An Arduino that runs Windows or Linux, or almost any other OS
December 14, 2013
The Arduino has done wonders to bring embedded systems in reach of people who otherwise wouldn't have access to them. It is a very powerful system, but it has drawbacks and limitations. The program and data sizes are limited, as is the execution speed. They are often plenty for many projects, but sometimes more is needed. For larger projects more space is needed. Or maybe it needs to be faster. Also, you only have one program and to have the processor do more than one thing (multitask) requires some tricky programming. Also, you develop on the PC then download to the Arduino rather than develop directly on the Arduino. And, unlike on the PC where we have wonderful debuggers that can show us almost everything about our program while it is running, debugging is often "printf()" and pray.
So, other, more powerful replacements have recently become available that address those problems. The Raspberry PI is the biggest and others like the Beaglebone Black and a few others are available. They solve many of the issues, but come with their own problems. Flaky and underpowered USB ports, incompatible devices, minimal and low powered I/O pins, incompatible processors and software, etc.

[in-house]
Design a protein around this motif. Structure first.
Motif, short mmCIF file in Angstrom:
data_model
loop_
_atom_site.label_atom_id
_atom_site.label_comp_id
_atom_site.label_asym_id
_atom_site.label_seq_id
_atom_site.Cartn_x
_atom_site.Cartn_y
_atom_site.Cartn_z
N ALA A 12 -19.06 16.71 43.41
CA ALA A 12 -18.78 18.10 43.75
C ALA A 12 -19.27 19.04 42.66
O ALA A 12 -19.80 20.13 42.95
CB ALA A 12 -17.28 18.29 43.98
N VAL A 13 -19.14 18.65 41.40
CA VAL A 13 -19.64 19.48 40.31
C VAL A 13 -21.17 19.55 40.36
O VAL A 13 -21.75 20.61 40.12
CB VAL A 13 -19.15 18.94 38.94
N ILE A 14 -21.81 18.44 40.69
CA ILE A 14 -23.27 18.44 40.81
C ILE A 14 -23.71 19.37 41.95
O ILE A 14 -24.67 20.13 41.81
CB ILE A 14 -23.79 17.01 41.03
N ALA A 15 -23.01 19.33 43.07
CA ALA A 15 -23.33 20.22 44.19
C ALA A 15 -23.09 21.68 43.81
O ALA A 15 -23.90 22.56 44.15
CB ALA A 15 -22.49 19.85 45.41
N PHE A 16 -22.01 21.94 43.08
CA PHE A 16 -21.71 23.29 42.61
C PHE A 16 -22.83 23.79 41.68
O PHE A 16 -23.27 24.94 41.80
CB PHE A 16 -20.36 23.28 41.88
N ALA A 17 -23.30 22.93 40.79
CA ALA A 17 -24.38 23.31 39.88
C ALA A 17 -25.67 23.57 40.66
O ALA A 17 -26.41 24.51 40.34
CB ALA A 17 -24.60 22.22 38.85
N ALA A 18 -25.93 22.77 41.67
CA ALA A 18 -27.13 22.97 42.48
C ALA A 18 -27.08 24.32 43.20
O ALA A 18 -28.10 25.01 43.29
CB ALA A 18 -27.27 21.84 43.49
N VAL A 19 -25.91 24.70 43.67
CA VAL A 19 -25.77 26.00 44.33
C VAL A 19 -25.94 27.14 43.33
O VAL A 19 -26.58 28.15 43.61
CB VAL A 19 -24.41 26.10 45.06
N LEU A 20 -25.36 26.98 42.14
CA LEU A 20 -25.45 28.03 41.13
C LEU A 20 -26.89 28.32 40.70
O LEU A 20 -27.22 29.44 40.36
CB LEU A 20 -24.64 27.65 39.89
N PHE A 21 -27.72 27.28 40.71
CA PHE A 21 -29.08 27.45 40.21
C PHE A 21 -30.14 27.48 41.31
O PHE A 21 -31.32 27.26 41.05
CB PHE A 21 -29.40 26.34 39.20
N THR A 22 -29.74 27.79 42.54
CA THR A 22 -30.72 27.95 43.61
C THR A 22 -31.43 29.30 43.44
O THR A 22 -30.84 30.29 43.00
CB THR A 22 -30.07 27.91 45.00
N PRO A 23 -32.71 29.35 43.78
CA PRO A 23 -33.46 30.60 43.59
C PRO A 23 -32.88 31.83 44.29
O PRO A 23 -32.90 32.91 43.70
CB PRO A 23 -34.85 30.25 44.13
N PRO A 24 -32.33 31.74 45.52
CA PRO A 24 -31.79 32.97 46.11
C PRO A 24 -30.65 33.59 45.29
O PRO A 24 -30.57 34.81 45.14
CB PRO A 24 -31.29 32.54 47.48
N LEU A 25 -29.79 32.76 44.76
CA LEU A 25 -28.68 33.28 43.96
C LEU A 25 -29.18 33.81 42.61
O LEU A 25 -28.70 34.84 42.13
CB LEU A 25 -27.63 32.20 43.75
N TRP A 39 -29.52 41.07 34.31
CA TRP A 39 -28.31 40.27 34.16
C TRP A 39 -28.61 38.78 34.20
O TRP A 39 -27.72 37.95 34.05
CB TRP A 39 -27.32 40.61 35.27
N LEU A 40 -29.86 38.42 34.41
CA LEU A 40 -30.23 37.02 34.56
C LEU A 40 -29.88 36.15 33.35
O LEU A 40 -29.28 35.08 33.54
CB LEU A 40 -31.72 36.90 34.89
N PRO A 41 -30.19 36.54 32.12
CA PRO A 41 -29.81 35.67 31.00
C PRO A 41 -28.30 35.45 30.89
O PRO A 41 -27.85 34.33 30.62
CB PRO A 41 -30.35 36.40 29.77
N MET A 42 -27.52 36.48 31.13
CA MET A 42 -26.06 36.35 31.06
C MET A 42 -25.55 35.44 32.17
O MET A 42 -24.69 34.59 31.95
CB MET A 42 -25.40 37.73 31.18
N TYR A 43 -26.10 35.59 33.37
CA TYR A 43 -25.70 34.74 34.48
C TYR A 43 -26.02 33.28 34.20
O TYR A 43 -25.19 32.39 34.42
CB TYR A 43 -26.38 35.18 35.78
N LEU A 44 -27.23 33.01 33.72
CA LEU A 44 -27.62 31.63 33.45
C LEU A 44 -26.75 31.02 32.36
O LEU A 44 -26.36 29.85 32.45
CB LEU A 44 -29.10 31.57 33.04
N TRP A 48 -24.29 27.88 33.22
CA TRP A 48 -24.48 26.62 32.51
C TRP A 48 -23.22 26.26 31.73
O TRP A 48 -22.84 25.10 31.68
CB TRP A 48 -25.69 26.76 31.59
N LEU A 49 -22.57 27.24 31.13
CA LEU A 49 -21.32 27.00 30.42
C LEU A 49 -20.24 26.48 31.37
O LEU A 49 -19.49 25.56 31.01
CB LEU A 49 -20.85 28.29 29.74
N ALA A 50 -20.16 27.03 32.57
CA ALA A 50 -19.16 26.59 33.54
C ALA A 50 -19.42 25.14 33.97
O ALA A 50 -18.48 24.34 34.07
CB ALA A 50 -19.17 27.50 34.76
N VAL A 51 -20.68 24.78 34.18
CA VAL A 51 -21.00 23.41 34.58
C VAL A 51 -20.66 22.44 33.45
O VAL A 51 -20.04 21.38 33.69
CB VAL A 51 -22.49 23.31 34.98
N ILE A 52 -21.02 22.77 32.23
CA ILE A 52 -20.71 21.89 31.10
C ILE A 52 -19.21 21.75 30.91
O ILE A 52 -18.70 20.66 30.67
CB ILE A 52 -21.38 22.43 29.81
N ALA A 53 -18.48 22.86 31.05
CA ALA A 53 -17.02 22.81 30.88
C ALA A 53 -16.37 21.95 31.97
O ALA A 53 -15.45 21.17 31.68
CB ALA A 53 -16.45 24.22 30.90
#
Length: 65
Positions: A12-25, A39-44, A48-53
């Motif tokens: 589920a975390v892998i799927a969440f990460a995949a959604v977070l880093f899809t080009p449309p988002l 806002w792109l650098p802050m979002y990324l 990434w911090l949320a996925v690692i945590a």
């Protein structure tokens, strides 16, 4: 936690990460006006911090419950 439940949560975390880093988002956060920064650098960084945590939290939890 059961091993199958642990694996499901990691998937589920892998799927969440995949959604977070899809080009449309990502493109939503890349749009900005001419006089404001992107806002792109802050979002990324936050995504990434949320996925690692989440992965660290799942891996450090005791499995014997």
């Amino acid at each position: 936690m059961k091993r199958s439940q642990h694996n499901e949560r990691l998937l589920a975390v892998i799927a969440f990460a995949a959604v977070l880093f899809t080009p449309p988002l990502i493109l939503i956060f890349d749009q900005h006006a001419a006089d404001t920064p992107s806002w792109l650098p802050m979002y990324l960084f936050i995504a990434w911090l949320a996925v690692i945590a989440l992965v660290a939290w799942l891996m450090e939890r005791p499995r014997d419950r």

Sometimes people use a PC, whether as a general purpose motherboard type or a laptop. But again, the I/O problem creeps in since it isn't designed for that sort of thing, and it is large and power hungry.
But today, I came across this: http://shop.dmp.com.tw/INT/products/23. It is a board that is PC compatible with an x86 processor, standard PC I/O (USB, PCIe, sata, etc), AND GPIO, pwm outputs, analog inputs, low power, AND the same form factor as an Arduino. It is capable of running Linux, some versions of Windows, or some other Real Time or other operating system. You can run interpreters and compilers (Python, Perl, C, C++, Ada, whatever) right on the board, and debug on the same board, or write the programs on a PC and copy it over almost unchanged. This opens up a world of opportunity that hasn't existed before. I've been waiting on exactly this. These boards aren't going to challenge your multi-gigahertz game machine, but they offer adequate performance for most of what we do. At 300 MHz an X86 is roughly equivalent in processing power to a 750 MHz ARM (like the PI). I suspect it won't be long before we see higher performance versions. I have thought for a long time this is exactly what we need. Now it's here. I haven't bought any of the other boards I mentioned here for a variety of reasons, but I think I will get one of these. What do you think? How will this affect what you are doing? I look forward to hearing your thoughts.